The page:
banner-05.jpg

The River Tas

Chalk streams are a rare and marvellous thing, an irreplaceable part of our heritage and of great importance for wildlife. Both Jonah Tosney of the Norfolk Rivers Trust and the regional officer of the Environment Agency consider the Tas to be a chalk stream. It rises from a deep chalk aquifer. These rivers are globally rare habitats confined to the UK and Northern France. There are 210 in the whole world, Norfolk has twenty- five of them and we have one in Forncett.

River Tas Photo Penny Deegan sm The River Tas at Forncett St Peter's. Photo: P Deegan

 All rivers are lovely, but chalk streams are potentially the most beautiful of all. They are struggling and in need of protection. They have suffered, as the UK population has expanded, from poorly performing septic tanks, substandard local sewage works, agricultural abstraction and nitrate pollution and alteration of the river itself.

The permeable chalk bedrock in parts of Norfolk was laid down in prehistoric oceans by the remains of microscopic creatures raining down on the sea floor.  Geologically the Tas sits along a chalk bed for the whole of its length, but the sands, gravels and clays above it means that the river does not flow over chalk all the time as is the case with, for instance, the river Nar in north west Norfolk. A chalk stream is born from rainfall finding its way into porous white chalk, seeping through fissures and cracks into subterranean aquifers. Eventually the water is released, clean and mineral rich, rising from springs with a constant supply of water of a consistent temperature. The Tas rises from a network of springs at Carleton Fen and flows north for twenty miles before joining the Yare at Trowse.

In many places a wide variety of flora and fauna, typical of a chalk stream is still supported. Aquatic plants such as water crowfoot, starwort, iris, and marsh marigold are visible along the Tas, creating the conditions important for invertebrate life, for fish, birds and mammals, with a rich food chain running from fatty acid rich insects. In the SSSI water meadows in Forncett St Peter one of the owners told me how when she was shepherding a few years ago, up at night with lambing ewes, she could hear the gurgling of the chalk springs welling up. This area is suffused with them and accounts for the richness of plant species.

The Tas like many rivers has been physically modified so that the watercourse is wider and deeper than it would be naturally and leads to problems such as ‘siltation’ where the substrate should be more gravelly. In places the river is slowed up and choked with vegetation. This is visible in the Forncett St Mary water meadows. In places the Tas has been straightened, the meanders removed and floodplain meadows disconnected. Past dredging has created banks that prevent regular floodplain inundation occurring and can add to the risk of flooding.  There are some eels left in the Tas, but there could be many more fish. I still see the great grey heron and wonder if it survives on minnows and stickleback.

The Environment agency has told me that December’s catastrophic flooding [2020]in Forncett St Peter was essentially due to unprecedented levels of rainfall: 22mm falling in just seven hours on already saturated ground. The horizontal rails on the Wash Lane ford became blocked by debris and caused water levels to back up the junction with Aslacton road and back around the river. These rails have been modified. In October a maintenance team will be doing blockage removal, cutting and clearing. We are experiencing changing weather patterns with periods of more intense rainfall that can be directly related to global warming. The river would benefit from buffer strips rich with plants , silt traps to capture sediment and the restoration of its natural sinuous pattern in order to provide diverse habitat for pollinating insects, manage flood risk sustainably and improve its health. All this could happen with the support of local farmers and landowners.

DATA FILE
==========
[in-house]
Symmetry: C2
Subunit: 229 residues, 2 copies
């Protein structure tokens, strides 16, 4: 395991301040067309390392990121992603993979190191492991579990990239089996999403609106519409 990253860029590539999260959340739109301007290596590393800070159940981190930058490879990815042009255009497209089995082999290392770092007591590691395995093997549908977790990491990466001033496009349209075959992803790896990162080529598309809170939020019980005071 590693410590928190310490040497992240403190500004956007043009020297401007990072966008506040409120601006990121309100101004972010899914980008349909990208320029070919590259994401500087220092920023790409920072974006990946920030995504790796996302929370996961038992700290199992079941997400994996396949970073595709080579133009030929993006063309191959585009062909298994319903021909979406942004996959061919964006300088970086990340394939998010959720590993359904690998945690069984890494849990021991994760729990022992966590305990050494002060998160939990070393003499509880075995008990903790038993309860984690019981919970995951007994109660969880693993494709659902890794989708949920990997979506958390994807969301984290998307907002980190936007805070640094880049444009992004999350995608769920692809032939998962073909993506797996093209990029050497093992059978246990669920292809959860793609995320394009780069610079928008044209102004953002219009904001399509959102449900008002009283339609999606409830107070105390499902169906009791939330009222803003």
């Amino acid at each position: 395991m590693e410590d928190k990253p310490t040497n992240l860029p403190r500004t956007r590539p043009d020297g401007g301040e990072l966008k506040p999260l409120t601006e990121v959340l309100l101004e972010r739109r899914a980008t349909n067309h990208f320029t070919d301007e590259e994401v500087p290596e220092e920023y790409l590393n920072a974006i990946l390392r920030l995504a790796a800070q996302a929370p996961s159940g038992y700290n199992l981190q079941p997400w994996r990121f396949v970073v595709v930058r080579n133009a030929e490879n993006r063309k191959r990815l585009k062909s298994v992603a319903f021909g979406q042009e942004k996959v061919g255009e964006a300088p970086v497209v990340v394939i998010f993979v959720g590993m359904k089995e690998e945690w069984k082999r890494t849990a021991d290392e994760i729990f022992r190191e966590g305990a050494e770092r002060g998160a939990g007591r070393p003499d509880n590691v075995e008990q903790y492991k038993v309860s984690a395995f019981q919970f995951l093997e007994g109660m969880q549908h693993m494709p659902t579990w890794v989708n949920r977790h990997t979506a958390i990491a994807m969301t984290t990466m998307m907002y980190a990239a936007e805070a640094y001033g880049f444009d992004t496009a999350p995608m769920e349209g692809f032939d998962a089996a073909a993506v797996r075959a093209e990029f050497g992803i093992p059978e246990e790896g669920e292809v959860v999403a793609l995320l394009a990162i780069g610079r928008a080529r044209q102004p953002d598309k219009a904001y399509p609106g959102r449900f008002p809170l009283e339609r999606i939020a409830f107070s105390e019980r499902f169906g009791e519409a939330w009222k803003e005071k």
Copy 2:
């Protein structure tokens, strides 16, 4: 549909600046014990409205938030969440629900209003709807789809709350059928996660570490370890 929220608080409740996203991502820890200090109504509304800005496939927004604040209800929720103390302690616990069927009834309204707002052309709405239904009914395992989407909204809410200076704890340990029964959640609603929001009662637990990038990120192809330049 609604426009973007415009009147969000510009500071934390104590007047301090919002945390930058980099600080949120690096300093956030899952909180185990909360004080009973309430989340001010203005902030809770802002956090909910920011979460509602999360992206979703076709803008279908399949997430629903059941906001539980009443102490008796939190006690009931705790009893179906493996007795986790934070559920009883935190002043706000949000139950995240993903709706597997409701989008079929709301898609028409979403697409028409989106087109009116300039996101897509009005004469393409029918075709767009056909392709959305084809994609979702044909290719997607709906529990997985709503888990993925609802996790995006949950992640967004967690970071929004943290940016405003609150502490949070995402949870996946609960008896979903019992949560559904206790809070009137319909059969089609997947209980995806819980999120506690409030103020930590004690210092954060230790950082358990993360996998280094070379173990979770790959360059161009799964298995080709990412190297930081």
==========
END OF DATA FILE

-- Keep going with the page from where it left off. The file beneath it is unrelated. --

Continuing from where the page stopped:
River Tas at St Marys.Arwork by Tor Falcon sm The Tas at Forncett St Mary's. Pastel art work by Tor Falcon

There are no brown trout in the headwaters: these are a beautiful and classic fish of a chalk stream. This is because oxygen levels are periodically low, too much phosphate has shown up in the testing down stream. A Norfolk Rivers Trust representative commented that there is a lot of undetected pollution in our rivers, including the Tas. Medications, among them birth control tablets, and detergents remain largely unfiltered when they go through water treatment works and septic tanks leak into watercourses that flow into the river.

However, further down stream in the stretch that runs through Shotesham Park where the Tas flows in two channels, the old and new rivers, that join just before the Mill House in Shotesham St Mary, narrows have been put in by the Bailey estate. They have achieved washed gravel with deep pools and clear flowing water and brown trout of a good size, eels, pike and lampreys all exist – creatures characteristic of a chalk stream. The farm is three years into a regenerative agriculture scheme. They don’t plough in the interests of enhancing the soil and protecting its structure; they have a diverse rotation of arable crops and keep something in the soil all the time to protect it and keep the temperature constant. They use as little pesticides and chemical fertilizers as possible. This benefits the river, the insect pollinators and wild animals. I saw a profusion of mayflies and banded demoiselle dragonflies when walking nearby.

The wonderful English chalk streams are a gift from England’s unique geology and climate. Ours to enjoy, ours alone to protect or destroy.

September 2021

Sources

The Chalk Stream Index 2014

 

  • Hits: 1795